The good news is that 55% of organizations are increasing their cybersecurity budget for 2021. The bad news is that’s barely more than half and it’s not enough. We all need to be doing more. Your budget for 2021 may already be set, but it’s never too late to move some things around. It’s time to do some tough math and ask yourself if it’s more important that your business prevent data breaches, secure its data, and avoid paying for ransomware, or get a little boost in productivity. As it stands today, most businesses should be considering how to beef up cybersecurity before they worry about investing in a new project management tool. What small gains you get in productivity will be nothing compared to what you stand to lose from paying a ransom for your data ($84K is the average ransom), or losing your data altogether. This year, as you look at spending, consider where you can tighten your belt so you can emphasize security. Your budget will go towards things like certifying technical employees, training non-technical employees, investing in secure software and encrypted hardware solutions, and a few other things we’ll cover. Find some dollars to invest in keeping yourself secure, then let’s go back to the basics.
Stop Relaxing on Basics
Many businesses aren’t even doing the basics when it comes to cyber security, so let’s go back to the start. Yes, it’s remedial to many, but you can’t build an effective security program if you don’t have a foundation to start on, so it’s wise considering whether your organization is taking the actions below.
USE A PASSWORD MANAGER
Many users pick the same password for everything or choose something easy so they can remember it, but this leaves them vulnerable. To make things super easy, use a password manager. They help users create super-secure passwords that you can store inside one iron-clad vault. When it’s time to log in somewhere, your secure password will auto-populate.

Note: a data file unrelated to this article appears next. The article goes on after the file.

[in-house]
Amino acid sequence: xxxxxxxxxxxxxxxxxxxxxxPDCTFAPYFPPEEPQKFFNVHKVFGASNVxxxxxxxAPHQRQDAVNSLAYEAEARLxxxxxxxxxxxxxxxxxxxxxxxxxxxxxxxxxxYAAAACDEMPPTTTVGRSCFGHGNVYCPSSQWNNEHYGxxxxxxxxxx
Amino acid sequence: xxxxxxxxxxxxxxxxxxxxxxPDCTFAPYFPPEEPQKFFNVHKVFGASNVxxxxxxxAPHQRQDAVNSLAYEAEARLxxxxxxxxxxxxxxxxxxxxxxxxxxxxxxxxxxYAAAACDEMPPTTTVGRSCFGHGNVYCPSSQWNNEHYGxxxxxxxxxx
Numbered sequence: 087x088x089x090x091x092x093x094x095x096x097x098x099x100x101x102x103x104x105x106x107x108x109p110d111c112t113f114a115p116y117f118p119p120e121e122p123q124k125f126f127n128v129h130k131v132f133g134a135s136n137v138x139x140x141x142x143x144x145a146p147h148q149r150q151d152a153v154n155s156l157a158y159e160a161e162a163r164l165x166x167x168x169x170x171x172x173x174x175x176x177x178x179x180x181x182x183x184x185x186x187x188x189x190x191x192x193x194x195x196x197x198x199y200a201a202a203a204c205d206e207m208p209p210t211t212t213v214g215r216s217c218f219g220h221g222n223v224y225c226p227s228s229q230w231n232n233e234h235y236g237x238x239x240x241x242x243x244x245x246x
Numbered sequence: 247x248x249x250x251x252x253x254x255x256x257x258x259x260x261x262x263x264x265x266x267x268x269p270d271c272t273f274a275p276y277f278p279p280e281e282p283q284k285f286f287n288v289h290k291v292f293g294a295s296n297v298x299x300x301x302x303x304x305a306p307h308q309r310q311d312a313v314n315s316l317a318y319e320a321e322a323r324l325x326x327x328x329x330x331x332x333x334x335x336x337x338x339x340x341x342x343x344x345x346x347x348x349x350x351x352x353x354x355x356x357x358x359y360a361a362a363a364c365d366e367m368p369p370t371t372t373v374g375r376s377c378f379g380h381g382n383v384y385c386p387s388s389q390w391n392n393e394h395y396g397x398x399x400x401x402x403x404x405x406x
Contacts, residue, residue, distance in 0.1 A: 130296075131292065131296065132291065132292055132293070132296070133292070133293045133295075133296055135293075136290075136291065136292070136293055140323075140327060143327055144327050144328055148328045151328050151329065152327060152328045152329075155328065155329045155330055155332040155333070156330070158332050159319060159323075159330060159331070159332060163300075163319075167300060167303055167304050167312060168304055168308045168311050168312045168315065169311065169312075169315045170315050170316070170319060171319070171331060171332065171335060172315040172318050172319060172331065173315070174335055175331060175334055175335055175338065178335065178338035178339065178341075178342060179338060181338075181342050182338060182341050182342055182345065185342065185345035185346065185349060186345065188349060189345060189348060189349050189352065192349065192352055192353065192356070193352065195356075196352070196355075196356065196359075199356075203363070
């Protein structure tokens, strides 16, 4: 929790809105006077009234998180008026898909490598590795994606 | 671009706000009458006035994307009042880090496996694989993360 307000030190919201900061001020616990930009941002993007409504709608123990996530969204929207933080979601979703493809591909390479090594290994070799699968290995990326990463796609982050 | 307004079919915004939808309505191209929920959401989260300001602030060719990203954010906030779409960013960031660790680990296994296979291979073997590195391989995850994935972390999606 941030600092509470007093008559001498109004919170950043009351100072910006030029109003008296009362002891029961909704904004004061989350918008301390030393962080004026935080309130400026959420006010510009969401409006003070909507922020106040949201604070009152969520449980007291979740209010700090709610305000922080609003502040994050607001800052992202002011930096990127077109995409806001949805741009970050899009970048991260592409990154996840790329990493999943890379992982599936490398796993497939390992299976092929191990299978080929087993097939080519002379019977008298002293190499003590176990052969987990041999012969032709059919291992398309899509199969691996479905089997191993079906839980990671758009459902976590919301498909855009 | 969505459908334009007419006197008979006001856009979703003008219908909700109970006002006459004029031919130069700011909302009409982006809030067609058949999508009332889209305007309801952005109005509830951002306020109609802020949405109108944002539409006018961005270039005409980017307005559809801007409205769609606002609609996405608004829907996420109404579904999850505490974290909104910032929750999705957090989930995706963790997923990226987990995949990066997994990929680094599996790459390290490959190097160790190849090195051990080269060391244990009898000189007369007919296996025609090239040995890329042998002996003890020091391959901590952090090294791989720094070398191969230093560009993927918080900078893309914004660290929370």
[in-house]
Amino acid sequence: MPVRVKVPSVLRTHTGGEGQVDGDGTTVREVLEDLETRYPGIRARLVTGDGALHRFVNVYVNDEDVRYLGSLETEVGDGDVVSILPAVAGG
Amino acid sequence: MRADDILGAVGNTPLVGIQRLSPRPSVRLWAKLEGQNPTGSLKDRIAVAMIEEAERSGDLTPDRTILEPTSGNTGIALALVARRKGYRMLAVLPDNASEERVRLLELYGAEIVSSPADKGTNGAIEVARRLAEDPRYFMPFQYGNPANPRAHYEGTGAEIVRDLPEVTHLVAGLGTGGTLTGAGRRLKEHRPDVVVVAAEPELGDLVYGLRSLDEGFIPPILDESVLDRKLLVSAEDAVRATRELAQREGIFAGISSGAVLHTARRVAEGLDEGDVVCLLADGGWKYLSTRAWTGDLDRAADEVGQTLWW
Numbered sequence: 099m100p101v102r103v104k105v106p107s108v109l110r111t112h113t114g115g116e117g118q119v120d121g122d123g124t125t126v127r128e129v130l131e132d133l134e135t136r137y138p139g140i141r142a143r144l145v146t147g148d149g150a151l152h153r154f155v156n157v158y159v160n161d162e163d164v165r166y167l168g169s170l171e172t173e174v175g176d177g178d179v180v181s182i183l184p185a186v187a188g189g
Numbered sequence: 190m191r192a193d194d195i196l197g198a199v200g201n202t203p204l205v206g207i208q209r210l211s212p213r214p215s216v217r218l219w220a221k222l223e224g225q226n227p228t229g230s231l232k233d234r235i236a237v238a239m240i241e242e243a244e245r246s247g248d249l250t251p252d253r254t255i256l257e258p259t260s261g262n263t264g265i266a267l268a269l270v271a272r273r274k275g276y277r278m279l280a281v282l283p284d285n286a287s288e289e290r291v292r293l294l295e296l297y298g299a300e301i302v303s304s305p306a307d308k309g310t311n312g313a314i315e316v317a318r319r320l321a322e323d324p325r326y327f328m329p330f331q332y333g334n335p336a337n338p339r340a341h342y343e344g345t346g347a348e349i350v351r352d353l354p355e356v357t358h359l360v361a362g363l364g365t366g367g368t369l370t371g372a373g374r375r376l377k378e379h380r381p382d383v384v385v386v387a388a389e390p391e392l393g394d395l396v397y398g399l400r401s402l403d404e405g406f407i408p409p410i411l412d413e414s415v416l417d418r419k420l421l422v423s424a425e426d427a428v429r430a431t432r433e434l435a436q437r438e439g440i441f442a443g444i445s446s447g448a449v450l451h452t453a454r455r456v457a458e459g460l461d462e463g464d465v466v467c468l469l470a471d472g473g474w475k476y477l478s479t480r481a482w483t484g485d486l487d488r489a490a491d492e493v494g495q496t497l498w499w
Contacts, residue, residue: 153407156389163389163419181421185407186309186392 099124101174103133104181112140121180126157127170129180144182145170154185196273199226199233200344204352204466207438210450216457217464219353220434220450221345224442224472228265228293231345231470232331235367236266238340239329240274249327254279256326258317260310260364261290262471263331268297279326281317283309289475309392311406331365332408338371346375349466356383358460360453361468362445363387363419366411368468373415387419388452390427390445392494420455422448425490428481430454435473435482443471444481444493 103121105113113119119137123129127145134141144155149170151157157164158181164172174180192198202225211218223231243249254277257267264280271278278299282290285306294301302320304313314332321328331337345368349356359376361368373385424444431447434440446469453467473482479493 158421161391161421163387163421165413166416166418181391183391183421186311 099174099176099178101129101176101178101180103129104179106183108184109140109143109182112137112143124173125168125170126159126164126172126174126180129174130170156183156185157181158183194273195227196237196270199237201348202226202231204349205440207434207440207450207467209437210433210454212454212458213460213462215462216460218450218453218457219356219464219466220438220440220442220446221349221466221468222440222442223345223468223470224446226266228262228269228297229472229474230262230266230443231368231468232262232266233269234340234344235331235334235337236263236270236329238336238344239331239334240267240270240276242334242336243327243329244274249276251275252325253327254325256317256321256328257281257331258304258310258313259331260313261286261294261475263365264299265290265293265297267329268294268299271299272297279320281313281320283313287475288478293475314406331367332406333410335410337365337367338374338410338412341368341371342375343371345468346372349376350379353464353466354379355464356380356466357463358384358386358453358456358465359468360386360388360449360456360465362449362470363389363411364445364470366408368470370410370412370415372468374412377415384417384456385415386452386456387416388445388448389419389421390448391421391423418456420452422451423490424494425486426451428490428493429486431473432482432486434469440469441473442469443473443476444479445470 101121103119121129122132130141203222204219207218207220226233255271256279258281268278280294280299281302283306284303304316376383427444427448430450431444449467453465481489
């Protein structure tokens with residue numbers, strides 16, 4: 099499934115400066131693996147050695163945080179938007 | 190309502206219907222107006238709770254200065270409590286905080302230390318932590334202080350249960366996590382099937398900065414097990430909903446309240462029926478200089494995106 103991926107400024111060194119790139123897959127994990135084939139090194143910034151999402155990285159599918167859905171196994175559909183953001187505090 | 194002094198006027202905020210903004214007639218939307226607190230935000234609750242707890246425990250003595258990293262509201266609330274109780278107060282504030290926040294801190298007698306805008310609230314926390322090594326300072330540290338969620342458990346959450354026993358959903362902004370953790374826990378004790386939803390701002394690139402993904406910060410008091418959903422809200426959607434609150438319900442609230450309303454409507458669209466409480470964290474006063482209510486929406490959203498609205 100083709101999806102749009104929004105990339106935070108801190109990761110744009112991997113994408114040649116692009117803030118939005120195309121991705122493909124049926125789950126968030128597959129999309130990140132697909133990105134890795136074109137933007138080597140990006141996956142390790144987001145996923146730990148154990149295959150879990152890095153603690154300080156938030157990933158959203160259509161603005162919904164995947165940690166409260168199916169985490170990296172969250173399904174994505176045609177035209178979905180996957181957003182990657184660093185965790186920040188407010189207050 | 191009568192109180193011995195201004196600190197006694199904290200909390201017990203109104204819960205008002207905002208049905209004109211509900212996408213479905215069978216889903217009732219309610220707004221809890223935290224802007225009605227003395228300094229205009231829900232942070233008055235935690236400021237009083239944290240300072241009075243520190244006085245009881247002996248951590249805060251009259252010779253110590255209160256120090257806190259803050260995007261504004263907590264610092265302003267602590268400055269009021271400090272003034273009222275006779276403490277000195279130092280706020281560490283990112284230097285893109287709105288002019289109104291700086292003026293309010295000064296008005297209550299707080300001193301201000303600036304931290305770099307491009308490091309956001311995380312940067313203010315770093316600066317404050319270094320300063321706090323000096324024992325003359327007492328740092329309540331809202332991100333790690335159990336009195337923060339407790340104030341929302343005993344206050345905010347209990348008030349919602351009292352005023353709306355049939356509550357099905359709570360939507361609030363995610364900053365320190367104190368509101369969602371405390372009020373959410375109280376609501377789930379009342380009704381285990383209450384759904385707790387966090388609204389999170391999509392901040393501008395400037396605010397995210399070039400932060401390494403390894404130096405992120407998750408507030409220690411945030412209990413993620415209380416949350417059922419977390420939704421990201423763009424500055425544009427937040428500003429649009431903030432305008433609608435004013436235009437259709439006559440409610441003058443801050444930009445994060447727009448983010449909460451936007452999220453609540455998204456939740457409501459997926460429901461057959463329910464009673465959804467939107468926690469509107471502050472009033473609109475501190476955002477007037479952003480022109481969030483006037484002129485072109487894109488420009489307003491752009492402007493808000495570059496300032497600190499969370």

USE MULTI-FACTOR AUTHENTICATION
Multi-factor authentication works in a lot of ways, but usually it’s that annoying thing where you get an email or text with a number you must enter in addition to your password. Annoying or not, using it can help you prevent threat actors from accessing your systems. Wherever possible—in business and personal accounts—enable multi-factor authentication. The two seconds of extra effort will pay off in the end.
ENCRYPT ANY ON-THE-MOVE DATA
Many people still use USB devices to store data, move data, or what have you. Whether the data on them seems less critical or not, it’s still crucial that these devices be encrypted in case they’re lost or stolen. Invest in encrypted hardware for employees so that data is secure even if it’s traveling on a device. This is even more crucial now with so many remote workers.
GET ALL THE OTHER BASICS
VPNs, firewalls, and anti-virus should all be in place for your organization. We’ll discuss new solutions later but continue to verify that all your security solutions are up-to-date, fully patched, and ready for the latest threats.
Hire Security Pros or Certify IT Staff